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How to write a research methodology for an undergraduate dissertation

Feather, Denis (2012) How to write a research methodology for an undergraduate dissertation. Documentation. University of Huddersfield, Huddersfield. (Unpublished)

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    Abstract

    Introduction

    The marking criteria for the dissertation is likely to carry different weightings for the grading of this chapter in your dissertation thesis, to that of your research proposal (See Feather, 2010, on How to Write an Undergraduate Marketing Dissertation Proposal). For example, here at The Business School at the University of Huddersfield, there is more weighting given to the methodology in the proposal, than in the main disseration. The reasoning behind this, is that, if you can get it right for the proposal, it should be straight forward when it comes to the research methodology chapter in the thesis, as you may be just changing it a little depending upon what has impacted on your research whilst you were undertaking the primary data collection, and writing up the various chapters of your thesis. Therefore, you may be in a position where you are simply tightening up your writing in line with your supervisor’s comments, the feedback you received on this section in your proposal, and changing the pre-tense to the past-tense.

    Having said this, in all my years of experience supervising and grading students’ work, this chapter appears to be the weak link in the chain of writing for the undergraduate dissertation. Mainly, because it may be the first time that students have been introduced to such concepts of phenomenology, interpretivism, epistimology, feminism, action reseach, positivsim and so on. These are very scary words to some students (Quinlan, 2011), but you should not be put off by these words, as it is these words, and the knowledge acquired by reading, understanding and applying these words that will make your work stand out, and possibly gain you those extra marks you feel you may need in order to meet your desired objective. That is, in obtaining a good grade for your dissertation that counts towards your degree classification. Some dissertations (at some institutions), are 40 credit modules, and therefore, are equivalent to two 20 credit modules. So it is important that you get this part right, as it is your plan of action, or, how you intend to undertake (pre-tense for the proposal), or have taken (past-tense for the dissertation), for your chosen research subject.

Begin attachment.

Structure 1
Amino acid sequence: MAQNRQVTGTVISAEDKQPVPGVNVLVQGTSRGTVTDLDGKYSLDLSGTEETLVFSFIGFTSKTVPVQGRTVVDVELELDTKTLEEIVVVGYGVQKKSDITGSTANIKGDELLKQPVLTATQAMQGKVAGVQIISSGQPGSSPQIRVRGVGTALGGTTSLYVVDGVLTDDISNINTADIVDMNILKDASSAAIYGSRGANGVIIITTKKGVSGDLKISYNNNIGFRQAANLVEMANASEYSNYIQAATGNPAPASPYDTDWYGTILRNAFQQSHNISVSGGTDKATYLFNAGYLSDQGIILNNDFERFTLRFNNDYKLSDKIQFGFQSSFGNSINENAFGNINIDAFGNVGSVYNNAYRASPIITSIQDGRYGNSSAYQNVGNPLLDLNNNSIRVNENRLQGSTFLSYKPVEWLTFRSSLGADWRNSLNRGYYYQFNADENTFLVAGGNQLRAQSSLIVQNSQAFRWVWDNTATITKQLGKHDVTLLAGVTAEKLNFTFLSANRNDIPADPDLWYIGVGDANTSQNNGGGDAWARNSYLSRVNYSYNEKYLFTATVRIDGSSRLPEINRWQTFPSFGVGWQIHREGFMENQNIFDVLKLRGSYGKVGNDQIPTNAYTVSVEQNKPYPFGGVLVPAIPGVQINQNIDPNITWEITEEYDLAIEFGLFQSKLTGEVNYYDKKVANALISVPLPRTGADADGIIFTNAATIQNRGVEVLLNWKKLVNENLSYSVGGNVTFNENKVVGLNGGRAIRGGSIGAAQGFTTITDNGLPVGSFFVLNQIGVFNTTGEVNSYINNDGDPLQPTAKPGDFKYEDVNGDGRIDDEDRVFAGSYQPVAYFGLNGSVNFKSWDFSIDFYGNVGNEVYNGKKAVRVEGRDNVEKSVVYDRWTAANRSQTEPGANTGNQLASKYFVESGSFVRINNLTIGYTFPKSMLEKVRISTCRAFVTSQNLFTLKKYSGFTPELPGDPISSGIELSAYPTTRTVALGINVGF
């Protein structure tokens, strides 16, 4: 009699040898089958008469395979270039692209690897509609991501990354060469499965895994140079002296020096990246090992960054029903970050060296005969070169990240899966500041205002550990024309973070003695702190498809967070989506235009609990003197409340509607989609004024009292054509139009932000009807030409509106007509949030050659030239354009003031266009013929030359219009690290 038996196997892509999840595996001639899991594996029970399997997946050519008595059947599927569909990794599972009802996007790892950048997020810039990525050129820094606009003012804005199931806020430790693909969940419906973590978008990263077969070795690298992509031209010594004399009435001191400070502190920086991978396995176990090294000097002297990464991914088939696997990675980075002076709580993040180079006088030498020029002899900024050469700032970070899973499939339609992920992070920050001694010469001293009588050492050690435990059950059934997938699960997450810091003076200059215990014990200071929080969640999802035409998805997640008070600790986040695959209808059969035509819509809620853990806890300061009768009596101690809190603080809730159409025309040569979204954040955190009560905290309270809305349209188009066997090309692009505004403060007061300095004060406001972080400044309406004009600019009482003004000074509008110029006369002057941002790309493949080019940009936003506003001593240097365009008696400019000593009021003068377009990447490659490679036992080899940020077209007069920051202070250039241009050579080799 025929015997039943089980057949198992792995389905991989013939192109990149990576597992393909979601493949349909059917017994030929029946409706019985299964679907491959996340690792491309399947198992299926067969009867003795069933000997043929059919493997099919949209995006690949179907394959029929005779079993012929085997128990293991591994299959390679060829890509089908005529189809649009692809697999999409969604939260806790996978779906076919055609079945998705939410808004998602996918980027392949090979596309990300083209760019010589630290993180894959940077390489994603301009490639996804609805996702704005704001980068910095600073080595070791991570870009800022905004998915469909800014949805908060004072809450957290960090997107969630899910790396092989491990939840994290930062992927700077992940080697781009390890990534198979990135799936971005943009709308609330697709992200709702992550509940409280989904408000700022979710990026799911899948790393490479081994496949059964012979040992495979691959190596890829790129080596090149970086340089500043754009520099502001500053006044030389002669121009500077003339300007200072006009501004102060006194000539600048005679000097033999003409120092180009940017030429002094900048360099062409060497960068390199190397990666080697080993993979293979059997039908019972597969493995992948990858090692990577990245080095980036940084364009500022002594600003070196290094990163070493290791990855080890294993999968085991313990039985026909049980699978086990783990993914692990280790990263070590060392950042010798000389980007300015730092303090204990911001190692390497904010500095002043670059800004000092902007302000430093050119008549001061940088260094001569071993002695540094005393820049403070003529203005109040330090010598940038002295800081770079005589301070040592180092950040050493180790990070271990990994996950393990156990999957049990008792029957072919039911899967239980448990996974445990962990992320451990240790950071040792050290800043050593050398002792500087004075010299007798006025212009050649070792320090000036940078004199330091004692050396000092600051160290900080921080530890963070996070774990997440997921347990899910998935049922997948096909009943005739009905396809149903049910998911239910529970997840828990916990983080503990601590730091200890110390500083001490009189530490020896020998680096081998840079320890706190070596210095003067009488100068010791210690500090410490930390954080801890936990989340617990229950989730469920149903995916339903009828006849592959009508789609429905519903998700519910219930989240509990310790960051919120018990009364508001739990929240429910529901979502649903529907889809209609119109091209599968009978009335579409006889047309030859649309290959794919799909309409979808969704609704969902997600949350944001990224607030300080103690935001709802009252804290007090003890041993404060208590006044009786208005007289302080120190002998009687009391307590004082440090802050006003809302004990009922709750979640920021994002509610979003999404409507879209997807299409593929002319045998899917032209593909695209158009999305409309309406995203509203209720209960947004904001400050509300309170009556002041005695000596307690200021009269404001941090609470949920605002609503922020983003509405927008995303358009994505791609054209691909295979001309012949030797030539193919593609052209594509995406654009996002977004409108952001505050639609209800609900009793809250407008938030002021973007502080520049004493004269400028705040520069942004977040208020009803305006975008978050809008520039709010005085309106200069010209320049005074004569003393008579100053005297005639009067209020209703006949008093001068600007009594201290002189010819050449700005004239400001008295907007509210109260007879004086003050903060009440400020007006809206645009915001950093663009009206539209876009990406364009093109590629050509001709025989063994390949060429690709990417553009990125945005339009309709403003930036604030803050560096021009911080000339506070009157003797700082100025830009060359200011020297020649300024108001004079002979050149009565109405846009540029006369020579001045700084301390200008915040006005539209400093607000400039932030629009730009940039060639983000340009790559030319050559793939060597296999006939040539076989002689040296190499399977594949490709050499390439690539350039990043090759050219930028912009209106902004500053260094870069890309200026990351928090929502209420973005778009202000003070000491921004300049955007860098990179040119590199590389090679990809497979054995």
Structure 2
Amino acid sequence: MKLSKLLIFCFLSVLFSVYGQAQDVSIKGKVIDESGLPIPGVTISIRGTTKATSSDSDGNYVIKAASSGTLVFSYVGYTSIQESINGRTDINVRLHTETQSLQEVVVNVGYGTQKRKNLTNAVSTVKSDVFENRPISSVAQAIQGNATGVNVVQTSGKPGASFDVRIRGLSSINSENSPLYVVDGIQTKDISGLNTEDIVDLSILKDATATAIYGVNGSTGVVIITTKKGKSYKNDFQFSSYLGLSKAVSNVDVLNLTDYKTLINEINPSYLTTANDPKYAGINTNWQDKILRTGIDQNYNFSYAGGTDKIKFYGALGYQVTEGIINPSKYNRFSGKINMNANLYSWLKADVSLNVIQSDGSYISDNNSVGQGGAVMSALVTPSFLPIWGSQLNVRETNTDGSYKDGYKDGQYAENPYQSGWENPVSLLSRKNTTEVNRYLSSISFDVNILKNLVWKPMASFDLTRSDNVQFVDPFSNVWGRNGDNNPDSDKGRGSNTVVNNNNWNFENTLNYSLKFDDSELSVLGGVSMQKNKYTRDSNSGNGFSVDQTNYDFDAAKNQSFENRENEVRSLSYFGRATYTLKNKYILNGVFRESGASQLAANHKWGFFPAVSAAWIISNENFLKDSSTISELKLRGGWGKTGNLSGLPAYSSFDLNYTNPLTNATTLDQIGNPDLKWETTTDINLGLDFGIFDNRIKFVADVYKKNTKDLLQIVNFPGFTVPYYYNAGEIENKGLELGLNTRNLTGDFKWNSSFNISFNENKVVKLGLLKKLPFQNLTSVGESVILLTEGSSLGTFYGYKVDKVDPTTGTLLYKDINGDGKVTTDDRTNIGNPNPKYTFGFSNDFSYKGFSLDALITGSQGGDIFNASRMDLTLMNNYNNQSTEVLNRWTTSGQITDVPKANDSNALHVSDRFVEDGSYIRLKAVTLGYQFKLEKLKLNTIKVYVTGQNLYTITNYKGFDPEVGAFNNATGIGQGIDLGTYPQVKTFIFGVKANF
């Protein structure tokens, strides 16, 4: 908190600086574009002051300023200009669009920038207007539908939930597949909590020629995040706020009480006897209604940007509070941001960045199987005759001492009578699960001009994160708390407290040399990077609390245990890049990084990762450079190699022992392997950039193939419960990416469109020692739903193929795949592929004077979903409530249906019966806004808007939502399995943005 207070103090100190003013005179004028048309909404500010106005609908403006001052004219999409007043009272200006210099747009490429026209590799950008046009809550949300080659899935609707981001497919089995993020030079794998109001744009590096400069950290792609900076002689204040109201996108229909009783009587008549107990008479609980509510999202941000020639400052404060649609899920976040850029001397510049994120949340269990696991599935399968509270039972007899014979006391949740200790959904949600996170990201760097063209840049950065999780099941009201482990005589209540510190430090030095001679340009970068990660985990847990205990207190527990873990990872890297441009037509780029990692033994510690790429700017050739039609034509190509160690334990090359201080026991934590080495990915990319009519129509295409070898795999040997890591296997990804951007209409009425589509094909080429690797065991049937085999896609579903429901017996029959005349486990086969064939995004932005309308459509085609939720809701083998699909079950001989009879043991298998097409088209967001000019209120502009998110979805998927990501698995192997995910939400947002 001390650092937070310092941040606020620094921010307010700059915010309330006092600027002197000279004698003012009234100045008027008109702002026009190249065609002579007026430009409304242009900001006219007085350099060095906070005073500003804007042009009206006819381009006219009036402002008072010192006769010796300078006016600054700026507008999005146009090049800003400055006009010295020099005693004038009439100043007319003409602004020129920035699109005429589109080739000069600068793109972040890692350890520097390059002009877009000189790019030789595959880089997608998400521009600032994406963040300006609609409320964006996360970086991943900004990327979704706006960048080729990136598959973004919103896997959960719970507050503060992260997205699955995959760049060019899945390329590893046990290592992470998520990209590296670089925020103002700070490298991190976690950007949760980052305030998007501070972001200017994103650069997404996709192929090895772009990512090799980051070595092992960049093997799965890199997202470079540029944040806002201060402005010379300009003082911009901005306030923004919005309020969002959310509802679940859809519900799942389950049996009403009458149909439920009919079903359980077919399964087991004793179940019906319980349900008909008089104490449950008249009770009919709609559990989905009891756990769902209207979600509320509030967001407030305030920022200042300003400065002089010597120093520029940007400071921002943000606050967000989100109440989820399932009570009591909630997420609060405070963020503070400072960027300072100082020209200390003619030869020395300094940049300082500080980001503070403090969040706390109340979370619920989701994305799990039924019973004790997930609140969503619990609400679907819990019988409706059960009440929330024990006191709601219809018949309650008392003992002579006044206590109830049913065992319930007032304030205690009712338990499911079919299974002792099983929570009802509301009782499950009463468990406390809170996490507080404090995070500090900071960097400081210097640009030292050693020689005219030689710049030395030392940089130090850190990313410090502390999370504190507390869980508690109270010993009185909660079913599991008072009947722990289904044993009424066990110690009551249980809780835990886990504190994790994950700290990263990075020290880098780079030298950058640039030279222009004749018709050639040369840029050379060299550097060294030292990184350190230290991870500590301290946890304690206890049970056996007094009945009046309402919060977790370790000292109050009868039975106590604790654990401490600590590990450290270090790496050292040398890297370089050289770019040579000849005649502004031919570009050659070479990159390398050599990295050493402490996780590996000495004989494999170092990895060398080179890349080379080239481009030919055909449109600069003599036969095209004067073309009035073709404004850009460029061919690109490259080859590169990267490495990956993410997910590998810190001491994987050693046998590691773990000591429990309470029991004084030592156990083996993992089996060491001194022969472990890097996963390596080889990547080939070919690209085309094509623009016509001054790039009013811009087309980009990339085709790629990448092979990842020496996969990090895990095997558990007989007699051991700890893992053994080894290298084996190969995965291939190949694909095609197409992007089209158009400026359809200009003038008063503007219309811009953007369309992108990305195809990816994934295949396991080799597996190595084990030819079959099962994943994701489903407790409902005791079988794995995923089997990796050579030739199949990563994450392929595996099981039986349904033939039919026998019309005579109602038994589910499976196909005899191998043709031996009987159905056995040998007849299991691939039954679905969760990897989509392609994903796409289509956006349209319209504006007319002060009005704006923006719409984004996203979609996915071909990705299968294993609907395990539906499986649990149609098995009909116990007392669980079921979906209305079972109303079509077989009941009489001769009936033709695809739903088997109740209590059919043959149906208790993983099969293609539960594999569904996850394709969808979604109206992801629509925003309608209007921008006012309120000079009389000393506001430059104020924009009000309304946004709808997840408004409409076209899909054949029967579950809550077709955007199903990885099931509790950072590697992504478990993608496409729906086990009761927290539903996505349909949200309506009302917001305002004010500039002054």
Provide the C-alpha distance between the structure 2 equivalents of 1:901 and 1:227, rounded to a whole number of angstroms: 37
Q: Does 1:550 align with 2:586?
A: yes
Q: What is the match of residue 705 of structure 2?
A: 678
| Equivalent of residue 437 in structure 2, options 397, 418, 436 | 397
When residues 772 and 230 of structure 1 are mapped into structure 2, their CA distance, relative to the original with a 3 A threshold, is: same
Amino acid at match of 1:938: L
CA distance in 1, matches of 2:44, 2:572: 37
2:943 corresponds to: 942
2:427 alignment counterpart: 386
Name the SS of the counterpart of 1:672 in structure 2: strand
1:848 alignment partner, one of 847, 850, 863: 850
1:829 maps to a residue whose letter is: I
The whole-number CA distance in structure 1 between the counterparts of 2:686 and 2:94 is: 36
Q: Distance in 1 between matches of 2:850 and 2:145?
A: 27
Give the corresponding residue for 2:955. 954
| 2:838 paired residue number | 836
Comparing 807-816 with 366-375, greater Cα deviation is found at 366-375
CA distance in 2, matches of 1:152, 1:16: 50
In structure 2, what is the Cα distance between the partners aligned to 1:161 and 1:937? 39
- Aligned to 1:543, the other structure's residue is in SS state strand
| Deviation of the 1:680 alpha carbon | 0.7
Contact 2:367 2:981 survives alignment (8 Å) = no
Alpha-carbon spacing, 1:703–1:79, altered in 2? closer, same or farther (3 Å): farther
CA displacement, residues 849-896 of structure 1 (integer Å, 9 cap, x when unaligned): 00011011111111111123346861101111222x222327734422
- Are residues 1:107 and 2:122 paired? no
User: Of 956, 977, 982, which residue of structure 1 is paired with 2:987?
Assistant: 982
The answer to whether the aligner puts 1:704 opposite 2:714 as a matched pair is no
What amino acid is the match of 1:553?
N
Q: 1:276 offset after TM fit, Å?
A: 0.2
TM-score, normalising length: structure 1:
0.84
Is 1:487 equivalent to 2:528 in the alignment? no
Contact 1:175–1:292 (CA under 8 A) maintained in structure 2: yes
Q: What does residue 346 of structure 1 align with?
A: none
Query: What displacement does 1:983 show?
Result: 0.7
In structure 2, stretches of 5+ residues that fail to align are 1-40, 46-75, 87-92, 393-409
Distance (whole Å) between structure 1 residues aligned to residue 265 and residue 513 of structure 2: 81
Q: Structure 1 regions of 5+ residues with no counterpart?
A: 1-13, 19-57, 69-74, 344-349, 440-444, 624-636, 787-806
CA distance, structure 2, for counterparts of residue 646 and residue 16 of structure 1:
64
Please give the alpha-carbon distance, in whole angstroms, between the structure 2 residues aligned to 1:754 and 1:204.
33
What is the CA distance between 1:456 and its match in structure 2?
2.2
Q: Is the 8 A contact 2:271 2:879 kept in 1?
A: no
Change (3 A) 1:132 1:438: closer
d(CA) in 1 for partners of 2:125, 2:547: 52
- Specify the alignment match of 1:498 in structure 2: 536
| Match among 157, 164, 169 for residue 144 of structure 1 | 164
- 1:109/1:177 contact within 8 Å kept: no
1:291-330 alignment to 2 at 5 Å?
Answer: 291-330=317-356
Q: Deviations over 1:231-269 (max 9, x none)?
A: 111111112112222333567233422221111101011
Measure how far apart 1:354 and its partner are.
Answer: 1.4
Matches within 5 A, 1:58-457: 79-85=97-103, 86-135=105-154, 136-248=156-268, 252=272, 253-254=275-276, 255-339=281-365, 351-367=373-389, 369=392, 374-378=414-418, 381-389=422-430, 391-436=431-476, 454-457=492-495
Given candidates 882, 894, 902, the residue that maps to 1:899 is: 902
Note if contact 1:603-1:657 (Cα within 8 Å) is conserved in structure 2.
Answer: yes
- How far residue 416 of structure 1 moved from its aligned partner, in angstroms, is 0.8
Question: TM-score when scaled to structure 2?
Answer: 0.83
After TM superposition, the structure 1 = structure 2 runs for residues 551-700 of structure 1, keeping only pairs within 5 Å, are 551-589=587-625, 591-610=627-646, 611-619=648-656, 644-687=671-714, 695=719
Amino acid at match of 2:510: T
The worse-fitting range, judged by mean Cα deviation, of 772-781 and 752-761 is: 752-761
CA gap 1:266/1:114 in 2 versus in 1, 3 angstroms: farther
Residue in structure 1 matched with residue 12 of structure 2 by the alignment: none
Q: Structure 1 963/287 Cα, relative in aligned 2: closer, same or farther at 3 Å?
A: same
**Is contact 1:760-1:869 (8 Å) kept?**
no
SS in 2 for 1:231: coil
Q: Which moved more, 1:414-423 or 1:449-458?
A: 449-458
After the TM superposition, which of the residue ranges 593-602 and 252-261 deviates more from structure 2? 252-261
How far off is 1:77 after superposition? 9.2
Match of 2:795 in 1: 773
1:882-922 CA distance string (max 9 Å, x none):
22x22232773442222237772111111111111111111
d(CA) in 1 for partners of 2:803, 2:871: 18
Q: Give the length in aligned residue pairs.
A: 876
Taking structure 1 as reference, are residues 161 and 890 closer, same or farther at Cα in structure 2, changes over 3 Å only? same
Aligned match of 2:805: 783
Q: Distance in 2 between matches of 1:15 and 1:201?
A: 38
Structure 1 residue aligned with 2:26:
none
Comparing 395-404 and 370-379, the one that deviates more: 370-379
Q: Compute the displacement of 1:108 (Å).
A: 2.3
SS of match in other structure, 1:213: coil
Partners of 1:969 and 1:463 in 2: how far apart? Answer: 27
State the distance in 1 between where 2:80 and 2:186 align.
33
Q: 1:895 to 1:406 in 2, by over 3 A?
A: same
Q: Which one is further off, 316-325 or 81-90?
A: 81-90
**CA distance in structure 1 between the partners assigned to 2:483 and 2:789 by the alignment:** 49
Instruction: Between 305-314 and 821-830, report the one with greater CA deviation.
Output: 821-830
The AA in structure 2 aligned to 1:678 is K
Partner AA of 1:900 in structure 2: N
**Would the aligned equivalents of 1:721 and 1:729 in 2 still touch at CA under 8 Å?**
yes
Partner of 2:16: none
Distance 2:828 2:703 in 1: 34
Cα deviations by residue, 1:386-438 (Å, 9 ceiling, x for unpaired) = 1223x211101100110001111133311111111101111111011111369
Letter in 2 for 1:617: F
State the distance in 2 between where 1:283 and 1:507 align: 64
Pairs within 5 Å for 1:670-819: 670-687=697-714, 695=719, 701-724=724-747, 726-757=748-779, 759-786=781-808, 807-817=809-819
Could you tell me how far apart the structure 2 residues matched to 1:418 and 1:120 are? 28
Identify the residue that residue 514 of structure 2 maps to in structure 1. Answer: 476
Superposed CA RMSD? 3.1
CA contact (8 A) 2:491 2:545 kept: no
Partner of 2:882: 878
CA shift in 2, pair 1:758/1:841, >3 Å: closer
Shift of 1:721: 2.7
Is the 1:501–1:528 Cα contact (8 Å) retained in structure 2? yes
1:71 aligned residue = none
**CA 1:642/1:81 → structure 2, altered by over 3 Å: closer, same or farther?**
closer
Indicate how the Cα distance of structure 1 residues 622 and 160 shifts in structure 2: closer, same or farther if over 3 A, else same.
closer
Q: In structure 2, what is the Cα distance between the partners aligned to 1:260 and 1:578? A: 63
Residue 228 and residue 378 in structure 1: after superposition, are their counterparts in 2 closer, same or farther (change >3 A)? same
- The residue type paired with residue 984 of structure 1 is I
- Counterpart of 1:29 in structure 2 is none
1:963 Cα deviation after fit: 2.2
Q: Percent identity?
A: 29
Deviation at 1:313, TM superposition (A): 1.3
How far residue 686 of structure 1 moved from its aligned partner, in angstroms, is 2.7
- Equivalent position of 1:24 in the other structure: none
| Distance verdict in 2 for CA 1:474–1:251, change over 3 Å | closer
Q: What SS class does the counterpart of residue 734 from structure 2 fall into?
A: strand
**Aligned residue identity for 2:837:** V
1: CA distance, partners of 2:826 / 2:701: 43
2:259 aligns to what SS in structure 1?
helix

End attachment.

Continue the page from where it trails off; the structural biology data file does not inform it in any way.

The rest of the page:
Item Type: Monograph (Documentation)
    Subjects: Z Bibliography. Library Science. Information Resources > Z004 Books. Writing. Paleography
    L Education > LB Theory and practice of education > LB2300 Higher Education
    Schools: The Business School
    Related URLs:
    Depositing User: Graham Stone
    Date Deposited: 16 Apr 2012 12:52
    Last Modified: 17 Apr 2014 10:03
    URI: http://eprints.hud.ac.uk/id/eprint/13299

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